The rich and problematic history of hysteria is the subject of our next WorldCanvass . While hysteria is no longer considered a valid medical term, it was once thought to be a disease of women with a wide array of symptoms including headaches, nervousness, excessive expressiveness and malaise. By the late 19th Century, hysteria had come to refer to some level of sexual dysfunction. Our program will take a multi-disciplinary look at the history of hysteria, investigating its social, cultural and medical context.
We’ll discuss the prevailing societal and familial expectations for women in late 19th Century Europe and America; the medical community’s understanding, then and now, of the relationship between sexuality and psychological or physical health; the ways in which ‘hysterics’ or ‘madwomen’ have been portrayed in various artistic genres and popular culture; and the twentieth century’s redefinition of everything from appropriate gender roles within and outside of the family to acceptable sexual expression.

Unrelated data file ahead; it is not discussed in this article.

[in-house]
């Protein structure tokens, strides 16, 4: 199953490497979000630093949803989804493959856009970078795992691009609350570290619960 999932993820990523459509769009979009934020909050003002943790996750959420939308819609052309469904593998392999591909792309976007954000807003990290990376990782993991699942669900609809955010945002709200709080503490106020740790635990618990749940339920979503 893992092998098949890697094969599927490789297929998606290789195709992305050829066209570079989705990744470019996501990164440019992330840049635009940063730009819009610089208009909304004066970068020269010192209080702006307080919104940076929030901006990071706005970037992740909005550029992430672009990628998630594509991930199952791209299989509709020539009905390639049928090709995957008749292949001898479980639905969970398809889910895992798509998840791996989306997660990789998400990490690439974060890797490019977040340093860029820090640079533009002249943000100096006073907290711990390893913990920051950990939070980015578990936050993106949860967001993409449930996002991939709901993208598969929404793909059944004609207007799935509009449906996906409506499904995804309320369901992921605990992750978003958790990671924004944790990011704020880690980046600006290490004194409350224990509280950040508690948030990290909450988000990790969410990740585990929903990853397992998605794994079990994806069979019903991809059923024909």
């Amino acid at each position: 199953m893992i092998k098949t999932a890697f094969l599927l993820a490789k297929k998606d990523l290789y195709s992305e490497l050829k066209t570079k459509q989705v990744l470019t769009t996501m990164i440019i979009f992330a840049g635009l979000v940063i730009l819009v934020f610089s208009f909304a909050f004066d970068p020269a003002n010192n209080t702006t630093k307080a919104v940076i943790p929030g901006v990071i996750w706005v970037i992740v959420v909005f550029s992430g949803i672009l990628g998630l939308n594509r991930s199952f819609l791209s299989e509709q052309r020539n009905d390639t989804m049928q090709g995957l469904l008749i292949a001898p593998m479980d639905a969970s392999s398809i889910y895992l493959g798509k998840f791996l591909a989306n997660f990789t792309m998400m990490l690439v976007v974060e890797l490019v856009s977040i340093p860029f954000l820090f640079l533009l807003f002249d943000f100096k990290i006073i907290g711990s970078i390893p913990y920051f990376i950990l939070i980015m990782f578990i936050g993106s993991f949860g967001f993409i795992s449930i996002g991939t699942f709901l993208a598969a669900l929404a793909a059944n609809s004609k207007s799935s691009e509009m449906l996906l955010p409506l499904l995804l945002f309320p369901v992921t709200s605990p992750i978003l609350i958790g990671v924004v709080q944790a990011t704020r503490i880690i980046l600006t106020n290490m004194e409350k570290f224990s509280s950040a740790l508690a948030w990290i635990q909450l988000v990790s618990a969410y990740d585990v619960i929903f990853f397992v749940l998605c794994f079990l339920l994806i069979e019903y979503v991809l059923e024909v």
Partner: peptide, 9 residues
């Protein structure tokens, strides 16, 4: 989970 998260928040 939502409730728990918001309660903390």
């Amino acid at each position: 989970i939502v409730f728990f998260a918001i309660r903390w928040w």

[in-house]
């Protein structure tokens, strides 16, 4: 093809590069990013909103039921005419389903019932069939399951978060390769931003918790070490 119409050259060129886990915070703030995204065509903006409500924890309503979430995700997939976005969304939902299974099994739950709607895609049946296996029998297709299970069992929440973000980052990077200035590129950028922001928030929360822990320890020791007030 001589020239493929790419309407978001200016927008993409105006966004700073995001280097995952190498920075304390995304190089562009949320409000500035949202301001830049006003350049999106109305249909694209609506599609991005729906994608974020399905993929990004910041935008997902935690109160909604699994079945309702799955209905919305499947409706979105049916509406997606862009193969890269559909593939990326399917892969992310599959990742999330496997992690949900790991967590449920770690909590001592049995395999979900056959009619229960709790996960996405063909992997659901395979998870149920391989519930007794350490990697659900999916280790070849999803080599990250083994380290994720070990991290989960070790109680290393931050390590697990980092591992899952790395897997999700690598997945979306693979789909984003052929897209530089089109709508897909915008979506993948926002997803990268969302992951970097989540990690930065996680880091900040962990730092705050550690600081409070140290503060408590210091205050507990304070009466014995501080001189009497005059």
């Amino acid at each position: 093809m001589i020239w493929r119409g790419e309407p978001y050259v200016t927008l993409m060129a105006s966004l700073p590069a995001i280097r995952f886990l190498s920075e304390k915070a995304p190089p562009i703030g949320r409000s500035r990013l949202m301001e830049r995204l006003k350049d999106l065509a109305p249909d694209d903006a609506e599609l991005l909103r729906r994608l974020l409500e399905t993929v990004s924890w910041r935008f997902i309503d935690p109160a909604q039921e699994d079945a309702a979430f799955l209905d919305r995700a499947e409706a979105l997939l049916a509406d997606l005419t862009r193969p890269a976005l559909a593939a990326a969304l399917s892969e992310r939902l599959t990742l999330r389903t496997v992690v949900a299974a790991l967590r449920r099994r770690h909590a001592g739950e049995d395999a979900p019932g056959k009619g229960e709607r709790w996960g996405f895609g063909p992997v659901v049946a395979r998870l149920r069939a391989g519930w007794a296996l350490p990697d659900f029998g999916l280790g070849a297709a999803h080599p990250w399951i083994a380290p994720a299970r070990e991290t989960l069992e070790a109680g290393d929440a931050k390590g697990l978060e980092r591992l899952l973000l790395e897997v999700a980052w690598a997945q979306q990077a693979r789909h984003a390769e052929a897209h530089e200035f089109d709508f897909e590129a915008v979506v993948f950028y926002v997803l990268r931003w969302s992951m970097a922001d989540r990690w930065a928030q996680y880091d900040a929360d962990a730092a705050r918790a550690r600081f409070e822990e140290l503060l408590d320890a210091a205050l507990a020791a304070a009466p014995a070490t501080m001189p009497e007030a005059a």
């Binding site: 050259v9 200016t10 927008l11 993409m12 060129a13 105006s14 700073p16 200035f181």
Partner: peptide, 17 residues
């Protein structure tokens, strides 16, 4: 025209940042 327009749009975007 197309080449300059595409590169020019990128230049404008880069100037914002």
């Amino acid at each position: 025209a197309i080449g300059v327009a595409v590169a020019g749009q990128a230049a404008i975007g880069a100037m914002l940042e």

A particular focus of the evening will be Sarah Ruhl’s Pulitzer Prize-nominated play “In the Next Room (or the vibrator play),” coming to the UI’s E.C. Mabie Theatre in February. American Studies and Theatre professor Kimberly Marra and dramaturg Jennifer Page-White will introduce the play’s themes and its setting in the parlor and examination room of a doctor who provides cutting edge treatments for patients diagnosed with hysteria.
Evolutionary biologist John Logsdon and psychiatrist Scott Stuart will join professors Bluford Adams and Teresa Mangum (English), Katherine Eberle (Music), Elizabeth Heineman (History and Gender, Women and Sexuality Studies), Marra and Page-White for this intriguing topic: women, hysteria and medicine. Please join us as a member of the audience at 5:00 on Friday, January 27, in the Senate Chamber of the Old Capitol Museum.